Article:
* Facebook falls below IPO price of $38/share in premarket trade
* World leaders back Greece, vow to combat crisis
* Nasdaq revamps system after tech problems on Facebook IPO-WSJ
* Futures up: S&P 4.9 pts, Dow 62 pts, Nasdaq 12.75 pts
By Angela Moon
NEW YORK, May 21 (Reuters) - Wall Street was set for a higher open on Monday, rebounding from its worst weekly decline for the year, on assurances that world powers want debt-laden Greece to remain in the euro zone.
But investors doubted fast action would be taken on Greece and also worried about a drop in Facebook’s shares below their IPO price .
On Saturday, G8 leaders stressed that their “imperative is to promote growth and jobs” and gave verbal backing for Greece to stay in the euro. But gains were limited as the pledge was unlikely to herald quick new action from the region, meaning more uncertainly for nervous financial markets.
Further limiting gains, Facebook Inc shares fell below their initial public offering price of $38 a share in premarket trading on Monday.
“The lack of stabilization in our technical indicators suggests it is too early to anticipate a tactical buying opportunity in the S&P 500,” said Ari H. Wald, analyst at Brown Brothers Harriman & Co.
“In our view, any near-term oversold bounce is likely to be a countertrend and face resistance at 1,360 (on the S&P 500),” Wald said.
Facebook shares lost 4.1 percent to $36.63. The stock was expected to face tough trading this week if lead underwriter Morgan Stanley stops supporting the stock and managers lower down in the IPO book who were hoping for an early surge decide to get out before going underwater.
Yahoo will be in the spotlight after news that Chinese Internet entrepreneur Jack Ma is buying back up to half of a 40 percent stake in his Alibaba Group from Yahoo for $7.1 billion, in a deal that moves the Chinese e-commerce leader closer to a public listing. The stock was up 4.7 percent at $16.15 in premarket trade.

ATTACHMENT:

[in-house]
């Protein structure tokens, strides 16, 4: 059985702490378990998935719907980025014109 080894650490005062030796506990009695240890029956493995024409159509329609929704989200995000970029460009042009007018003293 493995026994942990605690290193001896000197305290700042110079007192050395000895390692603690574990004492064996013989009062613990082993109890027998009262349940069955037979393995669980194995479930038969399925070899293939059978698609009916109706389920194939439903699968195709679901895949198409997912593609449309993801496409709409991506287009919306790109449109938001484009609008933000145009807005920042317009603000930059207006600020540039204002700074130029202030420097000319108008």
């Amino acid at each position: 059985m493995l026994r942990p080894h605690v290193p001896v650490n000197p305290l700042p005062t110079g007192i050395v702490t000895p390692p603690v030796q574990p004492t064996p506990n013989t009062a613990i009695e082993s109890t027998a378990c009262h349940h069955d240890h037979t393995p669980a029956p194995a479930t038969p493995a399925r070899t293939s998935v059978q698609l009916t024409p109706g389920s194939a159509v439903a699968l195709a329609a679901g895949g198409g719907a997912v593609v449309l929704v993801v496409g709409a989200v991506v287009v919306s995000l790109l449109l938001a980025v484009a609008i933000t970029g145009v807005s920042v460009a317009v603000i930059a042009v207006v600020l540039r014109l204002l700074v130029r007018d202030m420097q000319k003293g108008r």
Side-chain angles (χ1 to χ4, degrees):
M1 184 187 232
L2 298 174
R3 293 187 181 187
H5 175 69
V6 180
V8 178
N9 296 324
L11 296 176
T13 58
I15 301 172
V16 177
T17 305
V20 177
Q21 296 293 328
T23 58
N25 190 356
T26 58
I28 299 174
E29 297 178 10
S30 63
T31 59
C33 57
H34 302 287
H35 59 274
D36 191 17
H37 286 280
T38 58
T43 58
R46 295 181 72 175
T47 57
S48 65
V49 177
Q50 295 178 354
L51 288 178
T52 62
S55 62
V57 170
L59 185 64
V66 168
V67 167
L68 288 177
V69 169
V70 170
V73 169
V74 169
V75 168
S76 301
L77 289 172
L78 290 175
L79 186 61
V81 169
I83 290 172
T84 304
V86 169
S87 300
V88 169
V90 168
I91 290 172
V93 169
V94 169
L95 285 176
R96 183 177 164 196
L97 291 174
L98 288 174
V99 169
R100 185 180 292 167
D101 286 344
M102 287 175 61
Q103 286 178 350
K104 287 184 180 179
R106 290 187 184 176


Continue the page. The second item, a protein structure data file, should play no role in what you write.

The Nasdaq is planning to revamp its systems for handling stock offerings after acknowledging that technology problems had affected trading in millions of newly issued Facebook shares on Friday, the Wall Street Journal reported.
The U.S. economy needs “measured” efforts to bolster growth, but the central bank should focus on improving its communications because circumstances do not warrant further bond buying at this time, said Atlanta Federal Reserve Bank President Dennis Lockhart.
Wanda Group, one of China’s largest theater owners, has agreed to buy AMC Entertainment in a deal valued at $2.6 billion, creating the world’s biggest cinema operator, the companies said.
Lowe’s Cos Inc, the world’s second-largest home improvement chain, reported a higher-than-expected quarterly profit on strong spring sales. The company’s shares fell 5.2 percent to $27.00 in premarket trade.
S&P 500 futures rose 4.9 points and were above fair value, a formula that evaluates pricing by taking into account interest rates, dividends and time to expiration on the contract. Dow Jones industrial average futures rose 62 points, and Nasdaq 100 futures added 12.75 points.
The chief executives of Apple Inc and Samsung Electronics Co Ltd come face to face on Monday in court-directed mediation in the United States over a dispute in which the iPhone maker claims the Korean firm has “slavishly” copied some of its products.